From time to time I read Michael Rosenberg's work over at the Freep.com. I dislike most of what is written, mainly because I think the work is largely unoriginal, uninformative, poorly researched, and perhaps most surprisingly for a local newspaper organization in such close proximity to the epicenter of events, frequently wrong.
These aspects are especially true whenever Mr. Rosenberg's labors broach the subject of Michigan football and former head coach Rich Rodriguez.
Now, I admit that I have been, and continue to be a Rich Rodriguez supporter myself. I like the man. I think he's a good football coach and a good person. He's not eloquent, nor the most polished person you'll ever meet in his profession perhaps. But I like his offensive strategy, as well as his philosophy about college football player conditioning. I also like that he genuinely cares about his players, their education, their families, and their well-being.
But I also agree with Rodriguez's many critics that he was stubborn at times and made many poor coaching decisions at Michigan that lead to his undoing. Rich Rodriguez was fired this week, and it was Mr. Rosenberg who spent a great deal of his time and energy the last 4 years convincing the world how unworthy Rich Rodriguez was.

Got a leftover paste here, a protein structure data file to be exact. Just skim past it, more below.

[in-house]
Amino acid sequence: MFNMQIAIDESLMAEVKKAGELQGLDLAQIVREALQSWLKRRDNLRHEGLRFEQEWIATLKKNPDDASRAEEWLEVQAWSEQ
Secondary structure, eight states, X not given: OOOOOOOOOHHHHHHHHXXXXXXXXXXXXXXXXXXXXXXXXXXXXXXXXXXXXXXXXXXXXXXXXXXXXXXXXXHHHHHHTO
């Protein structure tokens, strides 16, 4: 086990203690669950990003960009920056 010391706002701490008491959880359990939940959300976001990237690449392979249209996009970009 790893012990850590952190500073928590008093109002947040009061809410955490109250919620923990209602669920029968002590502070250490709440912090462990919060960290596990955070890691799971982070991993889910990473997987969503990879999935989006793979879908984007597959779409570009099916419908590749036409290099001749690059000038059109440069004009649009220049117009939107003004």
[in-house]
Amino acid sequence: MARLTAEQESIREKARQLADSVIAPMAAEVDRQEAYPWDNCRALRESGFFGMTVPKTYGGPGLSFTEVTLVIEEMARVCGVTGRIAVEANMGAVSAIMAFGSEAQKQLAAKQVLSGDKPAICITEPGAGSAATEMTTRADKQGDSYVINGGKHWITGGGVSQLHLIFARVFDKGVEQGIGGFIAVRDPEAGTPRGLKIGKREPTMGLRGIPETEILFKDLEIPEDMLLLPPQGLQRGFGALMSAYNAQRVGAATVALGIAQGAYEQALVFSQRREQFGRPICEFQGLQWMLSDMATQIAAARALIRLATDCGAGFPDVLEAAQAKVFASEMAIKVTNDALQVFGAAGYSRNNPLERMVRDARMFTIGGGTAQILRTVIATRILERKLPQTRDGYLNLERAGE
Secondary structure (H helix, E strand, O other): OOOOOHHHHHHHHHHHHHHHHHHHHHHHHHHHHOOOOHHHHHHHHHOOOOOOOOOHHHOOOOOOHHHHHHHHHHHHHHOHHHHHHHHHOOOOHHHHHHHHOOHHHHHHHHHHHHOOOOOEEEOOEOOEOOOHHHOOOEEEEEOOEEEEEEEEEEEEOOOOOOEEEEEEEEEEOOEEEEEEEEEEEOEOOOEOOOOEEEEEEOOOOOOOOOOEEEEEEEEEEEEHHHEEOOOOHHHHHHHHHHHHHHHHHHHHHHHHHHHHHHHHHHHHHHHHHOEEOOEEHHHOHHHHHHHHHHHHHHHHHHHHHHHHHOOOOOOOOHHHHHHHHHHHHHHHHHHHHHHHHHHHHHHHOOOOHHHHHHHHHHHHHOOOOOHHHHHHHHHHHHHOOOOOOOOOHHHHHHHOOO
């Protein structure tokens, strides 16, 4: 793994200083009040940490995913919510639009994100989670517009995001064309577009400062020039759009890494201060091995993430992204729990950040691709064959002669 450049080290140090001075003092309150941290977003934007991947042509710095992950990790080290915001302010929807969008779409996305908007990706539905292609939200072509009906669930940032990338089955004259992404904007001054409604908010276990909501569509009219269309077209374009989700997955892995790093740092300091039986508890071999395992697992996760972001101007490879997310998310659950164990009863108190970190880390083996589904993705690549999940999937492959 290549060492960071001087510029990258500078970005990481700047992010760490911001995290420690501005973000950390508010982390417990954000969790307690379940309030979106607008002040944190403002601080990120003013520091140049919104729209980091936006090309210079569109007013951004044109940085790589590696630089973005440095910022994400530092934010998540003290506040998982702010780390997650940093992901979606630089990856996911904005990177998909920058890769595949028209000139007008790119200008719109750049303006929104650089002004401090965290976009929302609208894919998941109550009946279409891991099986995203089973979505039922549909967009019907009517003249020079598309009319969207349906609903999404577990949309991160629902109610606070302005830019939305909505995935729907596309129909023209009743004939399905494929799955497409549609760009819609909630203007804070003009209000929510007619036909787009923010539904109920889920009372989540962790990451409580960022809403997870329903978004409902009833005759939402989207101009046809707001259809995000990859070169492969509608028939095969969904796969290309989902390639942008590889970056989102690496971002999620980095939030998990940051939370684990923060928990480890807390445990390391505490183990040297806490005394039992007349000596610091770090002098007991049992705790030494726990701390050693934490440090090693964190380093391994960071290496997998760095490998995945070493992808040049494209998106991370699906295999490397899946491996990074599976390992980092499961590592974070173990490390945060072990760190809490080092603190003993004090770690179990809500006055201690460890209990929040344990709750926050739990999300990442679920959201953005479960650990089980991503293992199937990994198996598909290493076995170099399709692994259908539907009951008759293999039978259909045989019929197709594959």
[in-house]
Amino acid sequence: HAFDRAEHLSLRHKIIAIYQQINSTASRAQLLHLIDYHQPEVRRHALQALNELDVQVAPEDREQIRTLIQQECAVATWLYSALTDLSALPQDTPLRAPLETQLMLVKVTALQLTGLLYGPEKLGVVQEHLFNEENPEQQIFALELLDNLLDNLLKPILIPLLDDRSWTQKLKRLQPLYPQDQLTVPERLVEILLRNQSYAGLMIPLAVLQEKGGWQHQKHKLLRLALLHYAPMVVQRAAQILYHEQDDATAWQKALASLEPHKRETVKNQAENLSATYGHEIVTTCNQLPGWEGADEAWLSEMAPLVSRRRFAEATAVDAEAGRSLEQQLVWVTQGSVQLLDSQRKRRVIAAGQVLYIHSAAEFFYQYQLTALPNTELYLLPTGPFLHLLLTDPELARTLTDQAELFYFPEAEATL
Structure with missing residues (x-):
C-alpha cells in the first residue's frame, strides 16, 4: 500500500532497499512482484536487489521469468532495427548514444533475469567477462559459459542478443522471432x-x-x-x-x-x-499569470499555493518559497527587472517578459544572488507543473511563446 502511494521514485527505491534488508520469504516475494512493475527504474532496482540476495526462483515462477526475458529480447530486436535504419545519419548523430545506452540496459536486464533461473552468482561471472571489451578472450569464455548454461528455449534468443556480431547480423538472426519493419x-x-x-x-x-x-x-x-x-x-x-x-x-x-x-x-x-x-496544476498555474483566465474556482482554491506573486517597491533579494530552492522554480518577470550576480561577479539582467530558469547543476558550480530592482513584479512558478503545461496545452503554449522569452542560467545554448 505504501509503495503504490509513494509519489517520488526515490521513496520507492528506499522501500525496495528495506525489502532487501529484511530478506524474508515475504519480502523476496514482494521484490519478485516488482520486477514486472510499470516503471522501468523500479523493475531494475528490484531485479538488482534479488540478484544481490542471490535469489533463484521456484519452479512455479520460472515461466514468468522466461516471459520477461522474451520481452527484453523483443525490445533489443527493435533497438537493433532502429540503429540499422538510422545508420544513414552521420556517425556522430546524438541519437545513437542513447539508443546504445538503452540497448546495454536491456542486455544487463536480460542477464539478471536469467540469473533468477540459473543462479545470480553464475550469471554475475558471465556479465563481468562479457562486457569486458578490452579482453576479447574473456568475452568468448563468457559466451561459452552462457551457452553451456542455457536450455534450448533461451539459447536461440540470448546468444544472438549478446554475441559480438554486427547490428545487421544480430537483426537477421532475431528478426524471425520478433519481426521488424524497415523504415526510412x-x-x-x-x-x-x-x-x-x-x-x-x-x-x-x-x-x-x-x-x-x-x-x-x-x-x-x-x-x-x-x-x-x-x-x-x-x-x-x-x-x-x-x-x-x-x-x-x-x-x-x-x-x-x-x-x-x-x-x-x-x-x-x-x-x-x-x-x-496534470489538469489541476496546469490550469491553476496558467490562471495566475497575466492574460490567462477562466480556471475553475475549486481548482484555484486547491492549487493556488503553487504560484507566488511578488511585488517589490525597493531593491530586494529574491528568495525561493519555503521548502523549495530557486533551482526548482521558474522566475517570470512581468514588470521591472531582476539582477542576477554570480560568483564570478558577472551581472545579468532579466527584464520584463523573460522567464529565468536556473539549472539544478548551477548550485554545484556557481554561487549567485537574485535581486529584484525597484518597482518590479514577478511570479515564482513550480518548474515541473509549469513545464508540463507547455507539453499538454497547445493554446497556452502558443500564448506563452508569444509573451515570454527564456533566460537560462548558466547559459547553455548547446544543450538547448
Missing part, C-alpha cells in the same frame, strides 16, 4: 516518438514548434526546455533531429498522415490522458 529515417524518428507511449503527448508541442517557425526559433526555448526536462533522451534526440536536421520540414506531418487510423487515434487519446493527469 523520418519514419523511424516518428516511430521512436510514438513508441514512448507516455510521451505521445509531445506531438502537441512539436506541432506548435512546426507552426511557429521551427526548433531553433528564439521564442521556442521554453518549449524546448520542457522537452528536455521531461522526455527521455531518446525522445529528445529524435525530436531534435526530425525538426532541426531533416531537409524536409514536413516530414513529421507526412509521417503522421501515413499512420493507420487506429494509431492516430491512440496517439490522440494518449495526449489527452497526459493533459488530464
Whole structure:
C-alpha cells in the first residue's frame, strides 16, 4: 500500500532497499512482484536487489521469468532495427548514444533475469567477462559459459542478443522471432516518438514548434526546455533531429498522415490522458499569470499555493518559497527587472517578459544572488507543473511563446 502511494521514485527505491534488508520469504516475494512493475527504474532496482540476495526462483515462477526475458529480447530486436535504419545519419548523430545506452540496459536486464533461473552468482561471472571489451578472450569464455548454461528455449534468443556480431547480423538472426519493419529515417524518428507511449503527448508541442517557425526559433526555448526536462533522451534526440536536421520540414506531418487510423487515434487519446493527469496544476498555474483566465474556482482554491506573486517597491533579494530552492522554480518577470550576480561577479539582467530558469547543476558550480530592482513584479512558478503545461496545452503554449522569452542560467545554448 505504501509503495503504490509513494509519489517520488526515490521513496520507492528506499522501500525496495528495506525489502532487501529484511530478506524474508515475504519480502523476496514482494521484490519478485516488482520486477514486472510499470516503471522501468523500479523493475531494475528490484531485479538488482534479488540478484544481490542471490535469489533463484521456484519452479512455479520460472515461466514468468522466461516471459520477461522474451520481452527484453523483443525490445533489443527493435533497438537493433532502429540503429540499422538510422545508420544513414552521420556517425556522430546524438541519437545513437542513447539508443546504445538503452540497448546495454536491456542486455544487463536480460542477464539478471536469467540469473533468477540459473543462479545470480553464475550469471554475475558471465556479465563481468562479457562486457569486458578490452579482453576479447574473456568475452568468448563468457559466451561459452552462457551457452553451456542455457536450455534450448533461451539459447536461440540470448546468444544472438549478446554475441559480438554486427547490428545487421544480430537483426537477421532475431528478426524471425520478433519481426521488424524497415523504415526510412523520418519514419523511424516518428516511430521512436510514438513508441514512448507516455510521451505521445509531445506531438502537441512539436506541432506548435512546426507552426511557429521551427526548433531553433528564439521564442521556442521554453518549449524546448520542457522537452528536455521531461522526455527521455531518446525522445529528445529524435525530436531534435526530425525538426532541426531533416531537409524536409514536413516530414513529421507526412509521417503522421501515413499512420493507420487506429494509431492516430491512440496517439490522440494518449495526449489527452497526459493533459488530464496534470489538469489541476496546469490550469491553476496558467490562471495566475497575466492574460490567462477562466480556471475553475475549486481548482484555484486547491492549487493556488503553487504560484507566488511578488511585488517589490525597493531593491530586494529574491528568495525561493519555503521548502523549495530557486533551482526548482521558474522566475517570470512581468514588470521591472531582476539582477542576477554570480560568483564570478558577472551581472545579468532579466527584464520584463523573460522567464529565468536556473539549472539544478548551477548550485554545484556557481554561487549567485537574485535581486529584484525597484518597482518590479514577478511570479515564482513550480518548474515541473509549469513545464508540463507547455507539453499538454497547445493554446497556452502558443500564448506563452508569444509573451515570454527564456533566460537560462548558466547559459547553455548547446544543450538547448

Today's article was a surprise to me that the Freep and Mr. Rosenberg apparently remain restless. Rodriguez has been shown the door, but there's still some need to convince or remind people just why it was that Rich Rodriguez failed at U-M.
Rosenberg's piece is wordy and takes the readers all over the place, starting with tiresome stops about Michigan's recently launched national coaching search along with some pointless, uninformed guesses about Jim Harbaugh's career aspirations. It's only at the end that we finally get to the real reasons. I summarize my understanding of the arguments why below:
Why Rich Rodriguez Failed at U-M according to the Freep and Mr. Rosenberg:
1. Because Rich Rodriguez forgot to coach overnight. (Rosenberg needs to start using a spelling and grammar checker on his editing program).
2. Because Rich Rodriguez was under-qualified. He had 3 good years at West Virginia and that's it. It was not good enough for Michigan, ergo he should never have been hired.
3. Because Rich Rodriguez won most of his games against lousy competition.
4. Rich Rodriguez was 43-43 over last 7 years at WVU and Michigan (math error)
5. Rich Rodriguez failed at hiring assistant coaches.
6. Rich Rodriguez failed at recruiting.
7. Because the University of Michigan is "so much better" than Rich Rodriguez.